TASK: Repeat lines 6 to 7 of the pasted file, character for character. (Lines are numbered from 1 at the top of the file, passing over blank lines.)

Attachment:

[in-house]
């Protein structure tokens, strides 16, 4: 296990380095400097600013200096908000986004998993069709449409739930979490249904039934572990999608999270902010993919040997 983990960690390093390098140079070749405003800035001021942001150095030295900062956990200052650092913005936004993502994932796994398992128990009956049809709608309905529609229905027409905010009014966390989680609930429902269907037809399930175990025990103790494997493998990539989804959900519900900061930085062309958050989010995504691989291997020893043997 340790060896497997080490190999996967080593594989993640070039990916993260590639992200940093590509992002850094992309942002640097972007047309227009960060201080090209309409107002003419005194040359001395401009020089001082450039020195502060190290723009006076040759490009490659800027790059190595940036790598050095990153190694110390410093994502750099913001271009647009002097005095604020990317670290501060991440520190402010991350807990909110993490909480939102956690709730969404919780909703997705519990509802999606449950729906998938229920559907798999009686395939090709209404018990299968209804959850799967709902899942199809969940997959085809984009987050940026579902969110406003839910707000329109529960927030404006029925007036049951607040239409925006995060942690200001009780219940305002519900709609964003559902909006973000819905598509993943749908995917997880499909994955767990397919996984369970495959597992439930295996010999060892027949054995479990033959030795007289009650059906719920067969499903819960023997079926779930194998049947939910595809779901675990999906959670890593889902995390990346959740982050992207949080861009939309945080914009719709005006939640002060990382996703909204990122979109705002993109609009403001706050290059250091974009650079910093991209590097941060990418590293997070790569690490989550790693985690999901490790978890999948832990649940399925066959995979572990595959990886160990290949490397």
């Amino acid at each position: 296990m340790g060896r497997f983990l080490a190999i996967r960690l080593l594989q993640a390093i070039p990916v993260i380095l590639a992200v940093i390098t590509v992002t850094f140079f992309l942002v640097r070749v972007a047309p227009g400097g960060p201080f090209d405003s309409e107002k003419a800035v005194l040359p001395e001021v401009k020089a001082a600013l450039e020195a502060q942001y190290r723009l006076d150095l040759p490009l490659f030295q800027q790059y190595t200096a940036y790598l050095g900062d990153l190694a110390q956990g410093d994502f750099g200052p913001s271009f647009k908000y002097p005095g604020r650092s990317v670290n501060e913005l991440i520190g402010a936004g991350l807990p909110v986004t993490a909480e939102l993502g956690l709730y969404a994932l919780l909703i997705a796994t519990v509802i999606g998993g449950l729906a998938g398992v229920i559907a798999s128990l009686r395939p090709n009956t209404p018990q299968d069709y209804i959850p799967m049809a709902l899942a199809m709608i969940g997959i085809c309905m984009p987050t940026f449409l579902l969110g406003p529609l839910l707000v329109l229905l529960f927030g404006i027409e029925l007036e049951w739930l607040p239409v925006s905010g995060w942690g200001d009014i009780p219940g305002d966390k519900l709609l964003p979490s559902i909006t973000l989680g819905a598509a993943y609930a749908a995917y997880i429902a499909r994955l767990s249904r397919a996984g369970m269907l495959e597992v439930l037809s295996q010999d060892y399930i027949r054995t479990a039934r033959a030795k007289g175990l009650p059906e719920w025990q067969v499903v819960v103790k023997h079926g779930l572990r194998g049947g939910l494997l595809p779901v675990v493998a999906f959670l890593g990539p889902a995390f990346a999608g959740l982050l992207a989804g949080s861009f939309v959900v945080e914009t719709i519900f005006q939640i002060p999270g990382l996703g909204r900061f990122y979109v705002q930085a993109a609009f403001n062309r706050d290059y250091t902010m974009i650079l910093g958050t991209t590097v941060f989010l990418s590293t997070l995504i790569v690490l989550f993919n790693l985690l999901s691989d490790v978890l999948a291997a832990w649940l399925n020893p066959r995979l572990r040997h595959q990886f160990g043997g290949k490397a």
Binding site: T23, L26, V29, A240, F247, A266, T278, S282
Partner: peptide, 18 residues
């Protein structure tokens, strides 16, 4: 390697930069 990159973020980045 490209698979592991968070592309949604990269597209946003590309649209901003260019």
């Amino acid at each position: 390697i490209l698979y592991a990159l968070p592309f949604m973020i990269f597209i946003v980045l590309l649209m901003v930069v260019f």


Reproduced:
């Protein structure tokens, strides 16, 4: 390697930069 990159973020980045 490209698979592991968070592309949604990269597209946003590309649209901003260019």
């Amino acid at each position: 390697i490209l698979y592991a990159l968070p592309f949604m973020i990269f597209i946003v980045l590309l649209m901003v930069v260019f």